The final five 2010 ringed-bimetallic 5-peso coins from two
circulating coin series, commemorating leaders in the Mexican
Independence movement and honoring leaders in the Revolution, are now
available from a U.S. coin dealer.
The coins conclude the two series of 2008 to 2010 circulating
commemorative coins being issued by the Banco de México.
Nineteen coins honor leaders in the struggle for Mexican
Independence. Eighteen coins commemorate leaders of the Revolution.
Mexico’s War of Independence began in 1810; its Revolution began
The five coins dealer Don Bailey recently acquired comprise three
coins marking Independence, honoring Ignacio Allende, Guadalupe
Victoria and Josefa Ortiz de Dominguez, and two from the series
marking the Revolution, featuring Soldadera and Jose Maria Pino Suarez.
The coins have been entering the U.S. marketplace slowly. Bailey
has offered new issues as the pieces enter circulation.
The coins have a face value of about 41 cents U.S.
Coin of Independence
Ignacio Allende, born in 1779, began on one side of the fight and
ended on the other.
Originally part of the army of New Spain, Allende became
sympathetic to the cause for independence and supported the
underground movement before becoming fully engaged in the struggle.
After Miguel Hidalgo y Costilla’s famous Cry of Dolores ignited
the independence movement, Allende was named lieutenant general of the
armed forces, with Hidalgo in command.
After some early success (the Siege of Guanajuato), tactical
disagreement between Hidalgo and Allende hampered victory.
Allende finally gained command of the forces, which he marched
north toward the United States to regroup and, he hoped, find assistance.
Instead, opposing forces — tipped off by a traitor — ambushed and
captured Allende and Hidalgo (then in charge of political affairs) and
others. They were taken to the city of Chihuahua, where they were
tried and executed, Allende on June 26, 1811.
Guadalupe Victoria, born Miguel Fernández Félix in 1786, later
changed his name for the symbolic value, Victoria meaning “victory,”
and Guadalupe representing the patron saint of the nation.
He began fighting for independence forces in 1812 and fought at
the assault of Oaxaca.
Success during the assault prompted his change in name and earned
him a promotion to lead insurgent troops at Veracruz.
After some defeats, Guadalupe hid in the jungle for almost four
years before emerging to rejoin the then-dormant cause.
The struggle continued after declaration of independence Sept. 28,
1821, as Victoria fought emperor Agustin de Iturbide.
After de Iturbide was ousted, a triumvirate held the frail reins
of power, and in October 1824, Victoria was victorious in the
He served as the first president of the newly established republic.
He died March 21, 1843, and his remains were placed in the Column
of Independence in Mexico City in 1863.
During the independence movement, Josefa Ortiz de Dominguez was
part of an intellectual group in Querétaro (including Allende) that
pushed for freedom.
Josefa persuaded her husband, Miguel, then a corregidor
(magistrate) of Querétaro, to host political meetings among
revolutionaries at their house, where much planning occurred.
As the struggle reached its tipping point, colonial authorities
visited to roust out insurgents, forcing her husband to conduct a
house-by-house search (officials were unaware of his support for the insurgents).
As an outspoken critic of the Spanish overlords, Ortiz was locked
up, but still managed to pass word to the mayor, who tipped off the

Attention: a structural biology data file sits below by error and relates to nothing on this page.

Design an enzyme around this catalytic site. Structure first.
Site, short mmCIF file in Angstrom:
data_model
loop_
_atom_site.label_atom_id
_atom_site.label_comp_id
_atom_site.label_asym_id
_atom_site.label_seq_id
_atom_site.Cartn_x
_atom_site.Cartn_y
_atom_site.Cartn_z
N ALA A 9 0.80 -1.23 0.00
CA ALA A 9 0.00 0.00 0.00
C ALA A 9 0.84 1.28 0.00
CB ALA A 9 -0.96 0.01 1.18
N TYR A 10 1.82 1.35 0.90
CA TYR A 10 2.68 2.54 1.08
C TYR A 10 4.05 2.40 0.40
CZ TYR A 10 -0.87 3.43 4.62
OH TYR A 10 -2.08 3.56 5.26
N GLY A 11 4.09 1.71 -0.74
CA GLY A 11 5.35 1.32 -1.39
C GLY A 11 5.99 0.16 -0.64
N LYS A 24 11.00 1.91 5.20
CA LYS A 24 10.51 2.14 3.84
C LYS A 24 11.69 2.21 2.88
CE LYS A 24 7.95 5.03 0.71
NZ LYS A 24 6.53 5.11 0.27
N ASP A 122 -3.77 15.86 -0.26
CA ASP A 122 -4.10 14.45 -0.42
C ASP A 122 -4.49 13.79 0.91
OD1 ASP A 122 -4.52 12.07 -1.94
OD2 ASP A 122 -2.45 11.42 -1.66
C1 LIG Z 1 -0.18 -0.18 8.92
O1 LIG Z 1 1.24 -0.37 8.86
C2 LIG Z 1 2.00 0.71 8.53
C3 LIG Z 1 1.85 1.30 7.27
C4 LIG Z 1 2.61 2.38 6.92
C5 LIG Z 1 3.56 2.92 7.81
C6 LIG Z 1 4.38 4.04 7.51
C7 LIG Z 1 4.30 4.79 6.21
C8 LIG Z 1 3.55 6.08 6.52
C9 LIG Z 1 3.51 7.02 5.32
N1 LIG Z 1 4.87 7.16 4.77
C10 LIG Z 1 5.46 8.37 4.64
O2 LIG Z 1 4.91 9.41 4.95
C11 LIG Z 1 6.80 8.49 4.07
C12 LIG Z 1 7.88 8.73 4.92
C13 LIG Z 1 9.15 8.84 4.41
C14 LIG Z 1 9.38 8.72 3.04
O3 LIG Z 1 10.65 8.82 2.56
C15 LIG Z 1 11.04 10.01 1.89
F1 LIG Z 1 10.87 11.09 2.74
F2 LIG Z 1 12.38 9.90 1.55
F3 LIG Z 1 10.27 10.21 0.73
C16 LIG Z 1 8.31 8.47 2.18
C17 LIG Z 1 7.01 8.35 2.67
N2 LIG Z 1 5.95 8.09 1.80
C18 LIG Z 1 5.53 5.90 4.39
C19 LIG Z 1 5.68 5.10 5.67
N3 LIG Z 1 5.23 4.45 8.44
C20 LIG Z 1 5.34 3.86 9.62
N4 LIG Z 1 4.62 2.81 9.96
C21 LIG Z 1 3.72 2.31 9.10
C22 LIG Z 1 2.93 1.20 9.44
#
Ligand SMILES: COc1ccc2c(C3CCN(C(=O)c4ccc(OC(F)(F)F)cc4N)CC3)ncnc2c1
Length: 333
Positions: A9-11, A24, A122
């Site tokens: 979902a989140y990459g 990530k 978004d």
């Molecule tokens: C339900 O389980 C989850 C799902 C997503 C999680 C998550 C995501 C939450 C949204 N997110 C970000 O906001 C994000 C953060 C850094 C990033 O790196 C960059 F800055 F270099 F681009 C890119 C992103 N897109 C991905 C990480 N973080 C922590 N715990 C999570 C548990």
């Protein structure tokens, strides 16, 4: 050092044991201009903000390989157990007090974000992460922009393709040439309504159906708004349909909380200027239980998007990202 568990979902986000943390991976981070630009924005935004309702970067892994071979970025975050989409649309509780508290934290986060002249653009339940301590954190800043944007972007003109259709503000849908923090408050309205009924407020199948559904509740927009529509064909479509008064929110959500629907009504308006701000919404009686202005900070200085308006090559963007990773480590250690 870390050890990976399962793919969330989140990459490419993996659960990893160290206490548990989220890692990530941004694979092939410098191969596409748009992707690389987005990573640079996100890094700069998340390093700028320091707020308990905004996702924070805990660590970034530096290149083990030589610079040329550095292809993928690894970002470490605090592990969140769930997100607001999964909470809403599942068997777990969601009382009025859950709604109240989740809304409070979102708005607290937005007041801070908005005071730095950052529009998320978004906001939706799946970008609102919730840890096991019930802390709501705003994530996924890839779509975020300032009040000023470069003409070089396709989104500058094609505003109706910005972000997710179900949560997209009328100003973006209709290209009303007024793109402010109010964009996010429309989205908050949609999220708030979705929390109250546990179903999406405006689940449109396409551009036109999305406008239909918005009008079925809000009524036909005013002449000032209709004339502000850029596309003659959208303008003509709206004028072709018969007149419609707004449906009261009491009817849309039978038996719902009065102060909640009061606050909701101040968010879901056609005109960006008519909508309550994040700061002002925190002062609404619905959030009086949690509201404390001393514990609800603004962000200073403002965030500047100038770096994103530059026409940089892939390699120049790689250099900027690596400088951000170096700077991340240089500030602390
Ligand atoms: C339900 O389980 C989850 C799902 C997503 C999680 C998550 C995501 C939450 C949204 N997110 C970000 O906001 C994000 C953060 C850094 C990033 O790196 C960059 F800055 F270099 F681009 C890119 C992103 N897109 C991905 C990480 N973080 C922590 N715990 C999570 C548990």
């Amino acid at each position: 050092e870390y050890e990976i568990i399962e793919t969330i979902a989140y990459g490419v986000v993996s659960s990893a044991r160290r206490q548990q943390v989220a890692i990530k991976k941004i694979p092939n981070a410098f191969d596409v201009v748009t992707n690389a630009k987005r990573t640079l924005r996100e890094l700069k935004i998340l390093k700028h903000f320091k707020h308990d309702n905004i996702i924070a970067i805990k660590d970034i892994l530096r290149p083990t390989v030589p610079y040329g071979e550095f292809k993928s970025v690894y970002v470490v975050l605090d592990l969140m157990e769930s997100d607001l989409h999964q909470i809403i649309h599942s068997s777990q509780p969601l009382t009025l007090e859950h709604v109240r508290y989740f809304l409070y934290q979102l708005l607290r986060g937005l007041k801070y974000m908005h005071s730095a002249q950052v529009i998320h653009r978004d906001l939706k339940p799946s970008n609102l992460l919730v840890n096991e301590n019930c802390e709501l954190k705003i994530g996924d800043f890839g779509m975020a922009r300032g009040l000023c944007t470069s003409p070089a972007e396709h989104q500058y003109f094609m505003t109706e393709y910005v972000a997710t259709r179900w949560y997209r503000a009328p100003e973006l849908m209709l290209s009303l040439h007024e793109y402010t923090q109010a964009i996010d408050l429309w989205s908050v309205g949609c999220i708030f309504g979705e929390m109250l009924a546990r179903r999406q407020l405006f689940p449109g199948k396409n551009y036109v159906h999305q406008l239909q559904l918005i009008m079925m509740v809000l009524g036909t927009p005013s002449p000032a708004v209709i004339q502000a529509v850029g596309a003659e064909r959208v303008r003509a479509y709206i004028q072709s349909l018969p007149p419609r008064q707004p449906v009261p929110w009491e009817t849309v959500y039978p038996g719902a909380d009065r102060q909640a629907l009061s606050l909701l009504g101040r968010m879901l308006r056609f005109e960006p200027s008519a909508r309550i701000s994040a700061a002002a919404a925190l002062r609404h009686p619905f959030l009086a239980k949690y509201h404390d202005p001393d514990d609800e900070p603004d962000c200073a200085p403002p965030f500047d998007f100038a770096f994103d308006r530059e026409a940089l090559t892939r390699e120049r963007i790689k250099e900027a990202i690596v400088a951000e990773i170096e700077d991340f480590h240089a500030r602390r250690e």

insurgents, allowing their escape and the opportunity for Hidalgo’s
Imprisoned for the duration of the war, she was freed in 1821 and
died in 1829.
Coins of the Revolution
One of the most emblematic images of the Mexican Revolution is “La
Soldadera,” a symbol of the women who took arms in the fight.
The term soldaderas includes generally ordinary women who joined
the fight, as well as others who were wives of soldiers and who were
allowed to travel with the male forces.
They often cooked, hunted for food and performed other chores to
support the war effort.
Little is known of individual soldaderas today, but the story of
Adelita, a character in a folk song who goes to war to be with the man
she loves, is part of the fabric of Mexico’s culture. The term Adelita
now signifies a strong woman.
José Maria Pino Suárez, born in 1869, was a poet, statesman,
lawyer and newspaper publisher.
He helped negotiate the Treaty of Ciudad Juárez and was named
provisional (and later constitutional) governor of Yucatán.
He left the latter post to become vice president of Mexico (under
Francisco Madero) in late 1911 and he was soon also named secretary of
education and the arts.
During La decena trágica (the 10 tragic days), Pino Suárez and
Madero were forced to resign and were assassinated Feb. 22, 1913.
The center of each ringed-bimetallic piece weighs 3.25 grams and
is composed of aluminum-bronze (92 percent copper, 6 percent aluminum
and 2 percent nickel). The 3.82-gram outer ring is composed of iron,
chrome, nickel, carbon, silicon, manganese, sulfur and phosphorus.
Each coin’s total weight is 7.07 grams. The diameter is 25.5 millimeters.
All of the coins in these two series have a common obverse
depicting the Mexican national coat of arms. An inscription
translating to “United States of Mexico” follows the curve at the top
of the coin’s ring and a wreath stretches along the bottom portion.
The center of the reverse of each coin bears the bust and name of
the hero commemorated, with the issue date and denomination.
Inscriptions in the outer rings translate to either “Bicentennial
of Independence” or “Centennial of the Revolution,” with the
commemorative inscription méxico 2010 appearing on all of the coins.
Bailey offers the coins for $1.50 each. To order from Bailey,
telephone him at (951) 652-7875 or visit his Web site, found online at